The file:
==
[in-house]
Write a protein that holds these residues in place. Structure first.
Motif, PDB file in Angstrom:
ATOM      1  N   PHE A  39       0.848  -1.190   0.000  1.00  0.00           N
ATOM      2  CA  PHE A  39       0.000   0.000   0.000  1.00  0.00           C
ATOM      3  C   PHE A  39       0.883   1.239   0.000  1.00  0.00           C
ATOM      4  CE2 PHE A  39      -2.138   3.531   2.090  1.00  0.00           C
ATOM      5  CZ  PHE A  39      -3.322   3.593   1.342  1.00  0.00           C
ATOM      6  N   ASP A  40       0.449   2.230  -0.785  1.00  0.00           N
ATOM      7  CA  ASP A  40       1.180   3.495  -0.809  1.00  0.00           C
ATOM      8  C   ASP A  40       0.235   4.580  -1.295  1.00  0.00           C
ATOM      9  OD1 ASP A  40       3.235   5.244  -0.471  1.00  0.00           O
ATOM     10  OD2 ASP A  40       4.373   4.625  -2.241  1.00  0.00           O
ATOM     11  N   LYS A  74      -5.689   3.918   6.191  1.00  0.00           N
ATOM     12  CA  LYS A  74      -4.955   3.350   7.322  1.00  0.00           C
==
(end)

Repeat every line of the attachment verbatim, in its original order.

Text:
[in-house]
Write a protein that holds these residues in place. Structure first.
Motif, PDB file in Angstrom:
ATOM      1  N   PHE A  39       0.848  -1.190   0.000  1.00  0.00           N
ATOM      2  CA  PHE A  39       0.000   0.000   0.000  1.00  0.00           C
ATOM      3  C   PHE A  39       0.883   1.239   0.000  1.00  0.00           C
ATOM      4  CE2 PHE A  39      -2.138   3.531   2.090  1.00  0.00           C
ATOM      5  CZ  PHE A  39      -3.322   3.593   1.342  1.00  0.00           C
ATOM      6  N   ASP A  40       0.449   2.230  -0.785  1.00  0.00           N
ATOM      7  CA  ASP A  40       1.180   3.495  -0.809  1.00  0.00           C
ATOM      8  C   ASP A  40       0.235   4.580  -1.295  1.00  0.00           C
ATOM      9  OD1 ASP A  40       3.235   5.244  -0.471  1.00  0.00           O
ATOM     10  OD2 ASP A  40       4.373   4.625  -2.241  1.00  0.00           O
ATOM     11  N   LYS A  74      -5.689   3.918   6.191  1.00  0.00           N
ATOM     12  CA  LYS A  74      -4.955   3.350   7.322  1.00  0.00           C